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China Increases Food Imports

From VOA Learning English, this is the Economics Report. A new report says China's demand for food imports will sharply rise in the next 10 years. The United Nations Food and Agriculture Organization and the Organization for Economic Cooperation and Development made the prediction. They say China will increase its imports of grains, oil seeds and meat.

Angel Gurria is secretary-general of the OECD. He says China's need for food is growing at a time when world food production is decreasing. Imports to China are expected to grow at a yearly rate of three percent to 1.7 million tons by the year 2022. China's imports of crops used to feed animals, called coarse grains, are expected to double by 2022. And imports of oil seeds are predicted to rise 41 percent. A

ngel Gurria says China's economic growth is fueling its hunger for imports. He says the country already has a big effect on world food markets. Jose Graziano Da Silva is the head of the Food and Agriculture Organization. He says reducing the large amount of food that is now wasted would help meet the growing demand for food. The rise in the Chinese demand for food is expected to cause grain and other commodity prices to rise.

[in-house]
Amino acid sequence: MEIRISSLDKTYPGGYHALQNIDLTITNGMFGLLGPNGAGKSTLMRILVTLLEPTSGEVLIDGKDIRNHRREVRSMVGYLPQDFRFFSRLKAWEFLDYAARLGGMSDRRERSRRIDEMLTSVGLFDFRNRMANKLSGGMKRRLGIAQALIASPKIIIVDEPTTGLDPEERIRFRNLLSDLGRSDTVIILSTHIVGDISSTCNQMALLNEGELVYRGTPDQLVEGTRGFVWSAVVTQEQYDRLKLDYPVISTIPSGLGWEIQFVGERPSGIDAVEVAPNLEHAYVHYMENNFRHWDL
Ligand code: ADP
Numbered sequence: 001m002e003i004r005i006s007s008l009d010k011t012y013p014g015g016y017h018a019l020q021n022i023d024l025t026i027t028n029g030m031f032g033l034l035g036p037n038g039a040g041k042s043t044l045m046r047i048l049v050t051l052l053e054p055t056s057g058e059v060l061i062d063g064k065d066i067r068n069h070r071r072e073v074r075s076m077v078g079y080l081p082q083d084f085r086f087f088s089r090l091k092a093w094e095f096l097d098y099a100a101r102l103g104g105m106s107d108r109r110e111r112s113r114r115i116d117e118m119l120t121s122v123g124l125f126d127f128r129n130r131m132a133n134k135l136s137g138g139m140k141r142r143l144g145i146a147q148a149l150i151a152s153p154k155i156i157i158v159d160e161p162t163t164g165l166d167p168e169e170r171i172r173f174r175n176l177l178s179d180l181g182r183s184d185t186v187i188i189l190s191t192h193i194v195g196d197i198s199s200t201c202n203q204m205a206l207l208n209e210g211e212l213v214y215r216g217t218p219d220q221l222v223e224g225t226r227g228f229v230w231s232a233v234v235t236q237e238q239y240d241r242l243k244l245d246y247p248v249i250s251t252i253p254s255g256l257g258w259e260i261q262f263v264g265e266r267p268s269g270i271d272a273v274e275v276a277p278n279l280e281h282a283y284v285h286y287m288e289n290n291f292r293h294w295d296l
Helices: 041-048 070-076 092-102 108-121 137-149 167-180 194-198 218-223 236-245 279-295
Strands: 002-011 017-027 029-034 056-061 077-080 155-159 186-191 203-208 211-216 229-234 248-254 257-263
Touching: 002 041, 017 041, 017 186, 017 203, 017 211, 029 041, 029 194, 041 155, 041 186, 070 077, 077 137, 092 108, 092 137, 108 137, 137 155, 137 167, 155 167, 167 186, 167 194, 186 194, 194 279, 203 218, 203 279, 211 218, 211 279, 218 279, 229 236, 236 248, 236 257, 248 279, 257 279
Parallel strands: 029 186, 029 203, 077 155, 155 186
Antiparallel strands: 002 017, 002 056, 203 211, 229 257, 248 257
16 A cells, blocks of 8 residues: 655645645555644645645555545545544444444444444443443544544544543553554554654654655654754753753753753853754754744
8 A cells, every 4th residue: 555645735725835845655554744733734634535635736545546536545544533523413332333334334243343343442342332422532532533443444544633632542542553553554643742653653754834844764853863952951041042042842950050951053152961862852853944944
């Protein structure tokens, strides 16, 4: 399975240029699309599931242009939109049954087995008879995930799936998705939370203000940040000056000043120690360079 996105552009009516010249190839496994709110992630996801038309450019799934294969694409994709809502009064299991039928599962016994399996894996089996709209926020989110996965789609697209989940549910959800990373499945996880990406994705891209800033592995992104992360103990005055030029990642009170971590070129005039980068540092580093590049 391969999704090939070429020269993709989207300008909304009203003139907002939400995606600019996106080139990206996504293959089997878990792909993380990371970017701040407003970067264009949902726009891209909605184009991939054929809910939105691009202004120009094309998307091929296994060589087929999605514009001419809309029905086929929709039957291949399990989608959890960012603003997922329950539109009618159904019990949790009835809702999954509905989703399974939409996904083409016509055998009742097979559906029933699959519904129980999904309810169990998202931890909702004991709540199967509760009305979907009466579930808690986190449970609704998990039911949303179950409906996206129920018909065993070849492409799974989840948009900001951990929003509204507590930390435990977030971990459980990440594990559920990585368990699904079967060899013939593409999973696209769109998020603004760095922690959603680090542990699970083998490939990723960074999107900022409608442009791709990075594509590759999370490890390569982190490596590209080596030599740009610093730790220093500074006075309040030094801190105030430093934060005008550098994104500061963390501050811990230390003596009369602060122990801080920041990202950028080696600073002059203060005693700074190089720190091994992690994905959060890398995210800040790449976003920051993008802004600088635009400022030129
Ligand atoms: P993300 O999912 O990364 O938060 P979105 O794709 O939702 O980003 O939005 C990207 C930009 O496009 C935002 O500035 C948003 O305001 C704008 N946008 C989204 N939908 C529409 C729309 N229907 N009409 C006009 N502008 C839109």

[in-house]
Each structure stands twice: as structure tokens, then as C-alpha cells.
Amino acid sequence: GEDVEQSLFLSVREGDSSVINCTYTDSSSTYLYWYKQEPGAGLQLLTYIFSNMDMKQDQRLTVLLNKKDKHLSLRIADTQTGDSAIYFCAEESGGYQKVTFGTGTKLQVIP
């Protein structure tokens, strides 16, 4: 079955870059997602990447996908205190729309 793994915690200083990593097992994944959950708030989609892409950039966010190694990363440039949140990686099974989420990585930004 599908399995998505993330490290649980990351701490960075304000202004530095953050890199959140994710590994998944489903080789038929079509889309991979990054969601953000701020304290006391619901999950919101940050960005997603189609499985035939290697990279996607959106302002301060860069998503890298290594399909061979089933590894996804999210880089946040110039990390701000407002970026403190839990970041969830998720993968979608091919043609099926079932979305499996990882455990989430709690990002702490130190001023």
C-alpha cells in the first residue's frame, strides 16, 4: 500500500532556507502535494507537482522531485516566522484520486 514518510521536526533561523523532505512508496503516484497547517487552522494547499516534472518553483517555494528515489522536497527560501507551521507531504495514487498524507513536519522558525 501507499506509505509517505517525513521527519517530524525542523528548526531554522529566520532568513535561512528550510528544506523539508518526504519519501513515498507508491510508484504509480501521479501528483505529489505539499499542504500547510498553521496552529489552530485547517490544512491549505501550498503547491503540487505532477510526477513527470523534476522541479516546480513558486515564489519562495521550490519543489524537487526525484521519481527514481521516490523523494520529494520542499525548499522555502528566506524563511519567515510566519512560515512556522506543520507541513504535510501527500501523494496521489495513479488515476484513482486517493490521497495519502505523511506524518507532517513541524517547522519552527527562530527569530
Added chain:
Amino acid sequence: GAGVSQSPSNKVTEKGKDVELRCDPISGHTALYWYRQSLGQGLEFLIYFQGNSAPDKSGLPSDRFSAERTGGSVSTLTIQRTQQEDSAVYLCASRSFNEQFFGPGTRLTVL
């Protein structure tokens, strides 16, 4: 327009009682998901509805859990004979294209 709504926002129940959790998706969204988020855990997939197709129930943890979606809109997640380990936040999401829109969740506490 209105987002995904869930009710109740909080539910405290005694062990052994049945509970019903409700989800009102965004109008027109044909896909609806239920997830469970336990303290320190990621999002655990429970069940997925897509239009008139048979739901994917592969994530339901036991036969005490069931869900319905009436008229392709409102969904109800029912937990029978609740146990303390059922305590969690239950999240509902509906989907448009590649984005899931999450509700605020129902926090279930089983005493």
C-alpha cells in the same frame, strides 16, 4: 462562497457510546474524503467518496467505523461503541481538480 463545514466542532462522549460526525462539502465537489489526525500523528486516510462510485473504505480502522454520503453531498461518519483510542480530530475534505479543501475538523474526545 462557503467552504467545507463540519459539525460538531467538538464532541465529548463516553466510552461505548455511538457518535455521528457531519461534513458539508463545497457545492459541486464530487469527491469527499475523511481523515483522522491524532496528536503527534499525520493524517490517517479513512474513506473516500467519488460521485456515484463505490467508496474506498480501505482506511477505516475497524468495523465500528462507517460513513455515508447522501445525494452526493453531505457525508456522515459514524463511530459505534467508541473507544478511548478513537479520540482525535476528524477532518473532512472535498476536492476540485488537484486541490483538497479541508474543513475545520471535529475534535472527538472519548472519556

Businesses are taking new steps because of China's influence on world food trade. Last month, the Chinese meat processing company Shuanghui announced a $7 billion offer for the American pork company Smithfield Foods. China is already the world's biggest importer of milk and soybeans. It is expected to become the world's biggest consumer of pork, passing the European Union within 10 years. The FAO and OECD say that will cause international pork prices to rise.

For VOA Learning English, I'm Alex Villarreal.

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